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EMPIRICIST METAPHYSICS. Time for Empiricist Metaphysics

I have argued that in Newton’s hands all three questions of whether time is absolute or relative, true or apparent, and mathematical or common, become empirically tractable through a project such as the Principia. But what is the significance of this conclusion for the metaphysics of time ? After all, it is the demands of Newton’s project that lead to the adoption of an absolute, true, and mathematical time parameter: for the purposes of constructing a physics of matter in motion capable of addressing the question of geocentrism versus heliocentrism, it is absolute time rather than relative time (for example) that serves our needs. And it might be thought, therefore, that the results are restricted to the following form: “For the purposes of solving the system of the world, we must treat time as if it is absolute, true and mathematical,” and that this claim leaves the deeper philosophical questions concerning the nature and structure of time untouched. But this would be a mistake.

To see why, we need to situate Newton’s work in its philosophical context. Newton’s Principia makes contributions to mathematics, mechanics, astronomy, physics, and philosophy, and the text of the Principia should therefore be read in many ways. One of these is as a contribution to philosophy. I argue that we are right to incorporate Newton into the history of philosophy of time, not because his physics has implications for questions in philosophy of time that are to be drawn out by philosophers, but for his own direct contributions to philosophy of time through the conceptual distinctions that he makes and the methodology that he employs.

The most helpful philosophical context for these purposes is the work of Descartes. In Part II of his Principles of Philosophy, published in 1644, Descartes set out the framework of a project the goal of which is to provide an account of all the rich variety of the world as we experience it in terms of matter in motion, where that matter is characterized by a minimal set of properties (extension in Descartes’s case), “motion” is restricted to local motion (i.e., motion from place to place), and the parts of matter move and interact according to specified laws. Since Descartes’s laws are both spatial and temporal, space and time also fall under the scope of his project. It is this portion of Descartes’s philosophy that Garber (1992) labeled “Descartes’s metaphysical physics.” It is indeed a “metaphysical physics” in the following sense: it is intended to give an account of the nature, structure, and operation of the material world. The concepts it employs, of matter, motion, laws, and so forth, are not intended to be understood “as if” (i.e., serving an instrumental purpose relative to the project in hand), but as being metaphysically significant. To this metaphysical project, Descartes attached his rationalist epistemology of clear and distinct ideas.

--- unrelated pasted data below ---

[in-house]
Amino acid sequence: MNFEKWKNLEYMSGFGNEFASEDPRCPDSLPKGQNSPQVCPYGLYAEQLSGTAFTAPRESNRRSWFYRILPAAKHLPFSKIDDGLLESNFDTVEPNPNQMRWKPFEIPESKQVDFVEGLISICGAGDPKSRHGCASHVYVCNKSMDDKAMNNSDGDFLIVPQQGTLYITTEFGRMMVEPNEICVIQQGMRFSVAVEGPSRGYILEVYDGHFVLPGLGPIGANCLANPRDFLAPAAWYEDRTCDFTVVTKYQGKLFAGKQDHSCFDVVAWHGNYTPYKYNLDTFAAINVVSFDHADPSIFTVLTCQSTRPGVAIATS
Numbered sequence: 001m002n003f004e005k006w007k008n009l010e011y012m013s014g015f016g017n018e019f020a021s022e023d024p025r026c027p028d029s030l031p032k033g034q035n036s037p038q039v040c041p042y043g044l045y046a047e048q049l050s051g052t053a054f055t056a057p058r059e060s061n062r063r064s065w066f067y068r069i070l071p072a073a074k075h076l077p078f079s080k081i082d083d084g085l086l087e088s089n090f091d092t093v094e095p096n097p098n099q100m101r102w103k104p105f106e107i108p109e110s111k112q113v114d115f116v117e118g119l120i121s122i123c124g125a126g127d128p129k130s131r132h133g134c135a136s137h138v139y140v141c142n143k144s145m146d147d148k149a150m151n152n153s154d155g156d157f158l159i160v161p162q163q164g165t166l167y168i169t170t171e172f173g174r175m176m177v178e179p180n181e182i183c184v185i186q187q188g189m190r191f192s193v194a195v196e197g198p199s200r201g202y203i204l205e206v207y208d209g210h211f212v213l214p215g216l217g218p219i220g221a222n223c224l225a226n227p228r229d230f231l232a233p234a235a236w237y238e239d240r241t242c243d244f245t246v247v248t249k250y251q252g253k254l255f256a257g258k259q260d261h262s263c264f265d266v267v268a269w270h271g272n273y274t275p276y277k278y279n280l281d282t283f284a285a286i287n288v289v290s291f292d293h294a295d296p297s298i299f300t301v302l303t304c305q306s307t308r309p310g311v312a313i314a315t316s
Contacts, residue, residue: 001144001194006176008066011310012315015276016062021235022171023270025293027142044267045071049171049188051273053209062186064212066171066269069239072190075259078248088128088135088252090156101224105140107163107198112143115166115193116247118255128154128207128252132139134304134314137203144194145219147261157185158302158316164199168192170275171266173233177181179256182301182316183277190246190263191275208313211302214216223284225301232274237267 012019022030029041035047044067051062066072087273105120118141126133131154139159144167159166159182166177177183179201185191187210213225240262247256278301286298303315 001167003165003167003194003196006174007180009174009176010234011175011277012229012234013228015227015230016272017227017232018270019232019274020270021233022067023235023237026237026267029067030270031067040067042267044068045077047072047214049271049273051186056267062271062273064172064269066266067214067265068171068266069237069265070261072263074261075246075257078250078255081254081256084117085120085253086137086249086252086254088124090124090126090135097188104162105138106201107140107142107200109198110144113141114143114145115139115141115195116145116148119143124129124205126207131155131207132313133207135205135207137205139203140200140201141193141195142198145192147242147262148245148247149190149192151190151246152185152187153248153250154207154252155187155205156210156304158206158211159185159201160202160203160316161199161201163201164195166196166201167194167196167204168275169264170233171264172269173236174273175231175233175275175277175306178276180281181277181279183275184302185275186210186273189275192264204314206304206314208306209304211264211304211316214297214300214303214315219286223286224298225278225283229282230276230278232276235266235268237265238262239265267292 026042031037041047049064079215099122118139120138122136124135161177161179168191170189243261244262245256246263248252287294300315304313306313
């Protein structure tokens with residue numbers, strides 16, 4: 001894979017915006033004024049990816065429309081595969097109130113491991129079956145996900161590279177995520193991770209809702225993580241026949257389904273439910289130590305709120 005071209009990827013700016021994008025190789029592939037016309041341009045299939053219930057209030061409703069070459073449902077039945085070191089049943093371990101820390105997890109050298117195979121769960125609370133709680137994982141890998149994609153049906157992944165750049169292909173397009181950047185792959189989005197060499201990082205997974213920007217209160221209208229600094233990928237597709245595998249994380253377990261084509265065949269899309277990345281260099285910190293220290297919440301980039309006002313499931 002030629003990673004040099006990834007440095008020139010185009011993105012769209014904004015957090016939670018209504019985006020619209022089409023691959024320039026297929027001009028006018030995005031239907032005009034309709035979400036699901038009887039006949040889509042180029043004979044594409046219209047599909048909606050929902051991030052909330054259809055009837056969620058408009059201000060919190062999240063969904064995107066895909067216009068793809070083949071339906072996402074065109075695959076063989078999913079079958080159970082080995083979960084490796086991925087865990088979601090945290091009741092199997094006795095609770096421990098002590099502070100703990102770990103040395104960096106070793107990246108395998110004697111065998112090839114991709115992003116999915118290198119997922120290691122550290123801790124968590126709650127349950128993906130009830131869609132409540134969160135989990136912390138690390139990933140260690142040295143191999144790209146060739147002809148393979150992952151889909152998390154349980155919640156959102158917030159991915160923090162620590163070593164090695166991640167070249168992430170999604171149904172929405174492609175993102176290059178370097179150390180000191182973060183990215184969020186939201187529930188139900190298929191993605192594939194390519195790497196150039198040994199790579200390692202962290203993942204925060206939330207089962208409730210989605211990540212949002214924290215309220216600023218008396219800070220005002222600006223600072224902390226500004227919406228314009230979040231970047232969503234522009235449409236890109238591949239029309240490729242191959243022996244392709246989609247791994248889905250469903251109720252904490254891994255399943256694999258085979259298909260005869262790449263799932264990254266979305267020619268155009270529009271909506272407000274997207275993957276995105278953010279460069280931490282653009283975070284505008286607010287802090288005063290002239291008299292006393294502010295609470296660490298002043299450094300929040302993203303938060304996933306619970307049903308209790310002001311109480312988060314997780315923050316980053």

Many of the important philosophical moves made by Newton are best understood as taking place within the framework of this project, and as responses to difficulties that Newton found in Descartes’s execution of that project. They should therefore be read as contributions to the metaphysics of matter, motion, space, and time, just as much as Descartes’s. What makes this project look so different in Newton’s hands is not the project itself, but the epistemology and methodology by which Newton sought to carry it out. Newton’s methodology presses us to make the most of the actual world we find ourselves in as an epistemic resource in pursuing the metaphysical project set up by Descartes, and this fastidious attention to empirical details is an expression of Newton’s empiricist epistemology. We are being offered an empiricist metaphysics, but a metaphysics no less. Thus, for the purposes of philosophy, it is important to read Newton’s project as a continuation of Descartes’s, and to assess it on these grounds.